6. >Thanks for posting this Roger. I like the article a lot, and think she made a fair argument…but agree that she swings unneccessarily dramatically at the end to bash Moore and idolize the Whites. Happy though that such a well-done engaging article on poor old “chidlren’s lit” appeared in a mainstream way.

    –Stupid unliterary woman who never understood Stuart Little as a child…

  7. Anonymous says:

    >In a way, yes. Although, that did sound much more harsh than I meant it to be. I guess the head strong vehemence which people–often women– bring to the table when it comes to judging children’s books –in this case Moore and even White–and the power that those same can possess, is disturbing to me.

    When reading about awards committees, the arguments, the struggles, the missions–well, it is unsettling. When I saw the phrase “women in charge,” it must have hit an old, raw nerve and it brought on a knee-jerk reaction which then sent me off on an unrelated tangent. However, I do believe that women on the Caldecott committees, not men, are the guiltiest parties when it comes to the male/female imbalance.

    But sorry, however, for dragging that old argument into this fray. Must be the heat….I think I should really get “offline” for the summer. It’s healthier.

    I can get angry again come the fall, when the air cools.

  8. >To wander off on a minor tangent, I suspect there’s a vast underground of readers who didn’t like STUART LITTLE when they were children. My favorite book in the world was TRUMPET OF THE SWAN, but STUART LITTLE gave me the creeps. He wasn’t just a small person like the Borrowers, but then again he wasn’t really a mouse, either . . .

  9. Roger Sutton says:

    >I think the only people who notice that E.B. White never won the Newbery Medal are librarians. Some are outraged, probably more are indifferent, but the point is that it’s small potatoes, especially given the fact the White’s three novels for children are classics, Newbery or not. ACM’s behavior, too, is characteristic of having just a bit of turf and defending it all the more zealously for being small.

  10. >I suspect there’s a vast underground of readers who didn’t like STUART LITTLE when they were children.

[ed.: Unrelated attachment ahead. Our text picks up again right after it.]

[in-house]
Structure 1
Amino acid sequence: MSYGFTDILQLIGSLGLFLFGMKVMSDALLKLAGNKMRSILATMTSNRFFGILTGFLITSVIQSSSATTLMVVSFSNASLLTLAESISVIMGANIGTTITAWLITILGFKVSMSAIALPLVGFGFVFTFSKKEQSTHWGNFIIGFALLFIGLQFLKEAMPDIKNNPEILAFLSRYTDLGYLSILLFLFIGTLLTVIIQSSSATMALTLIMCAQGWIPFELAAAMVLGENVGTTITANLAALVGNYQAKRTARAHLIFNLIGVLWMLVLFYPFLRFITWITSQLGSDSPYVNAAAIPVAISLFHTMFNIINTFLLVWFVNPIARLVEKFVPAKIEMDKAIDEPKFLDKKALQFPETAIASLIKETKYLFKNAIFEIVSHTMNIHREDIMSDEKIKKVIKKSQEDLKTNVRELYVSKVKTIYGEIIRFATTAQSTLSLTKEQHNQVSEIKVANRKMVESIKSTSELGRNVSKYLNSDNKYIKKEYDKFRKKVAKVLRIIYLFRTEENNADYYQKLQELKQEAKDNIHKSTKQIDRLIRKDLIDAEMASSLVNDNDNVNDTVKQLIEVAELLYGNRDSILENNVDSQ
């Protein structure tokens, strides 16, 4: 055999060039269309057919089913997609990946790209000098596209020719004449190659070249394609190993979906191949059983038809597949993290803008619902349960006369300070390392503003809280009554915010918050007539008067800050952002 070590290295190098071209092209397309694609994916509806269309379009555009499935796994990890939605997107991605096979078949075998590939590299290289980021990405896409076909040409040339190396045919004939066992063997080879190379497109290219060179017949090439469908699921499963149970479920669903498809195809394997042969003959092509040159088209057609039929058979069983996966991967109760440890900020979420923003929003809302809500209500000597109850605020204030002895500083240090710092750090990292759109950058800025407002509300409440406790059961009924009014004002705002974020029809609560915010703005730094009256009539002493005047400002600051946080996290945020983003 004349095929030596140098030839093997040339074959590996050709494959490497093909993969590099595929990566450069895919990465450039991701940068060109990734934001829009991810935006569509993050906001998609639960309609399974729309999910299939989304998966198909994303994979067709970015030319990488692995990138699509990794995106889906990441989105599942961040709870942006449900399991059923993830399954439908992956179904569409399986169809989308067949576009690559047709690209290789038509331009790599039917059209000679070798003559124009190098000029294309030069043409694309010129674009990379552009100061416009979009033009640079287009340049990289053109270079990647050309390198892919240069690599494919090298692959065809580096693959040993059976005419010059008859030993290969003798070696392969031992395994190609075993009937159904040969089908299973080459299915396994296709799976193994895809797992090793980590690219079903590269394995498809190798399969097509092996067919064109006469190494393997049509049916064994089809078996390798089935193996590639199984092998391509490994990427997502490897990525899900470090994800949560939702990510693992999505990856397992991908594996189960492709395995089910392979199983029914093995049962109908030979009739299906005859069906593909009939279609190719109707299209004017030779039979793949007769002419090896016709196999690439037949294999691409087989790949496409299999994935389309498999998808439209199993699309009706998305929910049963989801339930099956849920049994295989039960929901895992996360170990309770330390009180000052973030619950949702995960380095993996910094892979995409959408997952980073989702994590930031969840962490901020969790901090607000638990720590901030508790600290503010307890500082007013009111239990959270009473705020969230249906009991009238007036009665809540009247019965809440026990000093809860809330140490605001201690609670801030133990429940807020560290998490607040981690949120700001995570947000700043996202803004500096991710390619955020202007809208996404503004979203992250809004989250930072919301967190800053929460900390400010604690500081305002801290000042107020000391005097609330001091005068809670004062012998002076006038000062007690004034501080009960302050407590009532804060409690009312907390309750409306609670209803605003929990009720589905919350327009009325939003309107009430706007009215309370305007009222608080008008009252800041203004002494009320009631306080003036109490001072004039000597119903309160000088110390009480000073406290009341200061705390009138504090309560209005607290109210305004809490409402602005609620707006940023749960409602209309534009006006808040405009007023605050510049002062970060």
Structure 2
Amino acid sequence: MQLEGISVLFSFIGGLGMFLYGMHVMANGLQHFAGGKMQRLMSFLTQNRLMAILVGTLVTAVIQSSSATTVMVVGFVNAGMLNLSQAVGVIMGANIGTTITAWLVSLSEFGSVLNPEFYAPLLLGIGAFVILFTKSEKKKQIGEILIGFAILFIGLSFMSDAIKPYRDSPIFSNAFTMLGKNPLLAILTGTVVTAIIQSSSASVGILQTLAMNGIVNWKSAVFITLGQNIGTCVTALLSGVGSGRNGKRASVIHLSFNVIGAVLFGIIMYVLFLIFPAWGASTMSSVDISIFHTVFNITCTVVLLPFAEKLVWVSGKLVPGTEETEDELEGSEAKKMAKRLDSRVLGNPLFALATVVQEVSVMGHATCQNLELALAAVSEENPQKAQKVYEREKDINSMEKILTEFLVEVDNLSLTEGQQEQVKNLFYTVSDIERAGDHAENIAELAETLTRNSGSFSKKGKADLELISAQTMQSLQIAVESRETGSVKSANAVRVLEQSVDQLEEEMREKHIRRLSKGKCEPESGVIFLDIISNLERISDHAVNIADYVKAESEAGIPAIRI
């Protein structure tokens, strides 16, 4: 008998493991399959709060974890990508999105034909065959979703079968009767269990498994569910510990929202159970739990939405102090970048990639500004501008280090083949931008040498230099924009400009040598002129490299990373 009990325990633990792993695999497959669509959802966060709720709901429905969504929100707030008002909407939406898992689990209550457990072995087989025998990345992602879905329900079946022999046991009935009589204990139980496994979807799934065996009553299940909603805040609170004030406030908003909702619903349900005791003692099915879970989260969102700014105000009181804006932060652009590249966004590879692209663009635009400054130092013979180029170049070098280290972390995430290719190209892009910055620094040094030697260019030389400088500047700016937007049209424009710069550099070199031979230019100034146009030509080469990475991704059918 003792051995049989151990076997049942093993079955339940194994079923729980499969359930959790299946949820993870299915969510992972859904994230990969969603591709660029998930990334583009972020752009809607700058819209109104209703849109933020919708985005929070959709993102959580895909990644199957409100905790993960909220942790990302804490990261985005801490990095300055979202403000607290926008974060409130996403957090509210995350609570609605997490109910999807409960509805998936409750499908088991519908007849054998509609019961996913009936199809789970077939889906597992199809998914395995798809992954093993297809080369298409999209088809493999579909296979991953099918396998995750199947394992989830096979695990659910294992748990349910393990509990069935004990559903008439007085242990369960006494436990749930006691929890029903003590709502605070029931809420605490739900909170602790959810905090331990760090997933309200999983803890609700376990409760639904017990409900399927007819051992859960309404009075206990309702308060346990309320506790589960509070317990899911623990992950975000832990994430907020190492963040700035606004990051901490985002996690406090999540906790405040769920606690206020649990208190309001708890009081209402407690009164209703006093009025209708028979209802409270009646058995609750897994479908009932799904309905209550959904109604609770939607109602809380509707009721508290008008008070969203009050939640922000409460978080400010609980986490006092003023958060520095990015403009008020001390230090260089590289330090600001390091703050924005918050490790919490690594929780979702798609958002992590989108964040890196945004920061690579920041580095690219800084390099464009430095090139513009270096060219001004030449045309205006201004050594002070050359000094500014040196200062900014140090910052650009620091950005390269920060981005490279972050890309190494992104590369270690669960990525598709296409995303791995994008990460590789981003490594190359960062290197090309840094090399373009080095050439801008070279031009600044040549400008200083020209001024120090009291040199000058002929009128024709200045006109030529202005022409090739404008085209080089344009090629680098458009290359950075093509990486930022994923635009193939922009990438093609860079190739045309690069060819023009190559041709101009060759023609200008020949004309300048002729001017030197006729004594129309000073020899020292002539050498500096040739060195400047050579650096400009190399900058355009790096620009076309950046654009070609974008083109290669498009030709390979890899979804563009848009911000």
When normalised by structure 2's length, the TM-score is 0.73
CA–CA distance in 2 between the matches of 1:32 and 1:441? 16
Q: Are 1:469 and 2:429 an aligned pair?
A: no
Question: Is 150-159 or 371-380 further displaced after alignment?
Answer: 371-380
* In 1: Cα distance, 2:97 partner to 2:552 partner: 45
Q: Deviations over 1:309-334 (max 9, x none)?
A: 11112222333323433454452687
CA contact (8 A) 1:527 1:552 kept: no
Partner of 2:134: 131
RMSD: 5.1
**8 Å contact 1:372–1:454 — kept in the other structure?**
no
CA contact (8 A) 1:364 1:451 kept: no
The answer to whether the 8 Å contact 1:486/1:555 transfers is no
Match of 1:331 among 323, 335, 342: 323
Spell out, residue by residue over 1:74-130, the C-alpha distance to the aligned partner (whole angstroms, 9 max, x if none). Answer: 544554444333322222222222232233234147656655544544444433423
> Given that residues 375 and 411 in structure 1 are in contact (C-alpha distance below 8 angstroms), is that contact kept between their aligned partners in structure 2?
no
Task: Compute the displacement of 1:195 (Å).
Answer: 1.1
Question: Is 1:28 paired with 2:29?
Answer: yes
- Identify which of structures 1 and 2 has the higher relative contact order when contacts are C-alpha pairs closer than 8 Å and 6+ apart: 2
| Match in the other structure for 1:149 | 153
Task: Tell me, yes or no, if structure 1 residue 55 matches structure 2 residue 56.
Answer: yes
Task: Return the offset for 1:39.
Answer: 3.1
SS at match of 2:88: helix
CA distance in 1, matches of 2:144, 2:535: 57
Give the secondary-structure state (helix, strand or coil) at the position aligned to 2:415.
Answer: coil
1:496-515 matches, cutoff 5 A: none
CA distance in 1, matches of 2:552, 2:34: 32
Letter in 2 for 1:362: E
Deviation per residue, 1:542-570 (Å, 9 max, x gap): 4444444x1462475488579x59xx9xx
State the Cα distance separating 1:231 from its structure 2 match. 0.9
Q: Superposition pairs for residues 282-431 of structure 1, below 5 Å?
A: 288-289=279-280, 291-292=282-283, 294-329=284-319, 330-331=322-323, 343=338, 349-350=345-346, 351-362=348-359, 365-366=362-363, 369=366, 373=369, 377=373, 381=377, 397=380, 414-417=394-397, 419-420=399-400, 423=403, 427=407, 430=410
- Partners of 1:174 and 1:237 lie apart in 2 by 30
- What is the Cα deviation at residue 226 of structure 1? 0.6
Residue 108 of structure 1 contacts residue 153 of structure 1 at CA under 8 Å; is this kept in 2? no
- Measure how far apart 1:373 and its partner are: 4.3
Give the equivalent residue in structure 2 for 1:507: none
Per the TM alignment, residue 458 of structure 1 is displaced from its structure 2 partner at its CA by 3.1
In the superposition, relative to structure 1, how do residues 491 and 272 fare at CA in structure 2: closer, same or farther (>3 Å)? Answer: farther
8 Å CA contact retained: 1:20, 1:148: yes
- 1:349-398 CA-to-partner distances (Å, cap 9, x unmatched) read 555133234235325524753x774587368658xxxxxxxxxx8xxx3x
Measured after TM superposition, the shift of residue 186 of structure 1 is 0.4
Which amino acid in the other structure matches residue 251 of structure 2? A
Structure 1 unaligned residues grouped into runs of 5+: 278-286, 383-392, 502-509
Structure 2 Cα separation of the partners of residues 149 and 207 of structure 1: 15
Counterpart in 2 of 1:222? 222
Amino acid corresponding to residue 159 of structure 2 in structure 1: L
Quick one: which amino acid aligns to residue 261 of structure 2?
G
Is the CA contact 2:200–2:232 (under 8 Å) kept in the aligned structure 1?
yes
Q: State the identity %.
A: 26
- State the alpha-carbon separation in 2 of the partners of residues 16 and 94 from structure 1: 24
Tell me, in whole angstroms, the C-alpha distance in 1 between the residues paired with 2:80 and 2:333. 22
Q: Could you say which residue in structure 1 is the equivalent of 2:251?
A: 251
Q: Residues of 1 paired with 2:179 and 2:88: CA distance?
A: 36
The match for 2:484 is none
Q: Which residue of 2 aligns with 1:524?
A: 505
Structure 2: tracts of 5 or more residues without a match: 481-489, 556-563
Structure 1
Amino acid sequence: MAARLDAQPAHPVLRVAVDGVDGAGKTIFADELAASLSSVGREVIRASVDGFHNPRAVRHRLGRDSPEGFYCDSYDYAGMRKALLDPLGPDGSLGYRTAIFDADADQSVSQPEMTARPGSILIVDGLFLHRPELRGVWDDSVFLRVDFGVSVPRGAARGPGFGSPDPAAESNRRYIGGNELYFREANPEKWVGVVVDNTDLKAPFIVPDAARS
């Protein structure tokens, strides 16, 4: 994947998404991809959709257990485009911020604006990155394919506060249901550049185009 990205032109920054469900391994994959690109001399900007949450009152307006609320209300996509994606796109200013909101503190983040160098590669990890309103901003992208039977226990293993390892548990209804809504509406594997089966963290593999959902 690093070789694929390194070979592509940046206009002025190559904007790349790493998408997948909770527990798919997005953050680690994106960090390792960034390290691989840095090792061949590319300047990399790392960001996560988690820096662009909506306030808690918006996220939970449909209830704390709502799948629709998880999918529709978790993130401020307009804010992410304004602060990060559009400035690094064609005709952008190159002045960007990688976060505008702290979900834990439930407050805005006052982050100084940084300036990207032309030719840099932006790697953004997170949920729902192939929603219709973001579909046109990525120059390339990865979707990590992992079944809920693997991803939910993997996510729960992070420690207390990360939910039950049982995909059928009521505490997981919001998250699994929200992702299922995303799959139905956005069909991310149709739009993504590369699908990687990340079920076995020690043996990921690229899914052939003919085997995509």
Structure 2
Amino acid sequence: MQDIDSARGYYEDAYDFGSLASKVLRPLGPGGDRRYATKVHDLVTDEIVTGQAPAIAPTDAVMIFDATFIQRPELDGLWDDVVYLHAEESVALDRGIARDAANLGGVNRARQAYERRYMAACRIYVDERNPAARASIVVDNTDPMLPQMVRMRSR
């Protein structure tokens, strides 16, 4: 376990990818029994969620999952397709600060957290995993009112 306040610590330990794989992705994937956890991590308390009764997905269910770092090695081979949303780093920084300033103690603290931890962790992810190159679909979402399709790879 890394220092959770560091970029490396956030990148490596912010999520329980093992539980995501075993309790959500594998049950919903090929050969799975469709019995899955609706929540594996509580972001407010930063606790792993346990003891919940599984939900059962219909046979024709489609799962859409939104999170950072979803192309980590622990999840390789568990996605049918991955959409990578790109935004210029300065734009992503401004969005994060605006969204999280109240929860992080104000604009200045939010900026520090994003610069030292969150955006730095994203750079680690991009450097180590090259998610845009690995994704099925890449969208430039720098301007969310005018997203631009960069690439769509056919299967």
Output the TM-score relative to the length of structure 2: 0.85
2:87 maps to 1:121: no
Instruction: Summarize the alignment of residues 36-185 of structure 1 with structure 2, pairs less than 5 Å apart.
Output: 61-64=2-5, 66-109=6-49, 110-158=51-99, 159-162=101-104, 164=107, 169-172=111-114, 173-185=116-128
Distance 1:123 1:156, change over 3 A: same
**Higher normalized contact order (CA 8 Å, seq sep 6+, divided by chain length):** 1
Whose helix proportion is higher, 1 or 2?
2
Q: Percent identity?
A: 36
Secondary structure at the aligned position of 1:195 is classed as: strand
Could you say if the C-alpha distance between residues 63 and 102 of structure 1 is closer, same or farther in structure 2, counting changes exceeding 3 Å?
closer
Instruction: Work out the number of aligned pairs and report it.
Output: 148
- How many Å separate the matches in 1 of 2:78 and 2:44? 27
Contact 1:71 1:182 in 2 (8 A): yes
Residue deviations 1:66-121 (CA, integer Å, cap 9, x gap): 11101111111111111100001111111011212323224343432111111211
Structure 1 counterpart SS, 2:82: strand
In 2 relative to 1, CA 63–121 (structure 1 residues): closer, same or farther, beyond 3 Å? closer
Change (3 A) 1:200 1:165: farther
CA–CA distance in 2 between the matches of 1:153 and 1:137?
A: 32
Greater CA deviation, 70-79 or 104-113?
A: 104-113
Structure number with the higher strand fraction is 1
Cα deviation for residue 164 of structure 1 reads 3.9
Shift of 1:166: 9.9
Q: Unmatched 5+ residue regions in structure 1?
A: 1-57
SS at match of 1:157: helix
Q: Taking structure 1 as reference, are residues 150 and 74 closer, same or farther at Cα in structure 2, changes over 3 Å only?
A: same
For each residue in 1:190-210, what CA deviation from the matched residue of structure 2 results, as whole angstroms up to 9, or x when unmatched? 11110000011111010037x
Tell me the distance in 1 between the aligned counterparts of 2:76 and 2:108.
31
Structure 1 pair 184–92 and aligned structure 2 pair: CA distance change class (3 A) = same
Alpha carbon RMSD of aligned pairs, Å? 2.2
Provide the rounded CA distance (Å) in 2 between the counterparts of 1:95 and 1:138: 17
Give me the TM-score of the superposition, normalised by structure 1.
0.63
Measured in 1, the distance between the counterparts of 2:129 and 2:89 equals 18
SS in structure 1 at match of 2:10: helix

::waves::

    and i also wonder how his mother would have even known when she had given birth to him. (yes, i am a literalist.)

  11. >Yes, but then there are those like me. Stuart Little was a big eye-opening book for me when I was a child. It was the first ending I’d ever read that didn’t tie everything up neatly. That was a revelation, and I loved it!

  12. Anonymous says:

    >Jane Yolen: you would most probably have “bought” Macaulay’s BLACK AND WHITE if you were his publisher. Something is owed to a successful author.

  13. fairrosa says:

    >I rather enjoyed the article. Read it only a couple of days ago and thought that Lepore set out to do exactly what she did — illustrating ACM’s power and very personal taste and how that could and couldn’t shape the world of children’s literature. I’m not sure that I came away disliking or belittling librarians or even ACM herself — just understanding a little more about the power-play that still goes on these days. Maybe we don’t have such a colorful or such a powerhouse librarian any more (because there are so many more of us and because people’s voices can be heard from near and far thanks to the field-leveling technologies such as blogs,) the opinions of the librarians still hold sway over the children’s publishing industry since there is a large overlapping of librarians/critics of the published works.

    If there is any “moral” to this piece in the New Yorkers, I’d say it’s this: If a writer, an illustrators, or an editor is talented enough, they will shine and their work will enjoy longevity even without the endorsement of top critics or affirmation by the award committees.

  14. >Really, all of us who read this blog or the HB or somehow really care about children’s literature have wildy varying tastes. I happened to love Stuart Little (I was more or less contemporary with its publication) and cried over Charlotte’s Web and much later read “The Trumpet of the Swan” and thoroughly enjoyed it, though as an older person.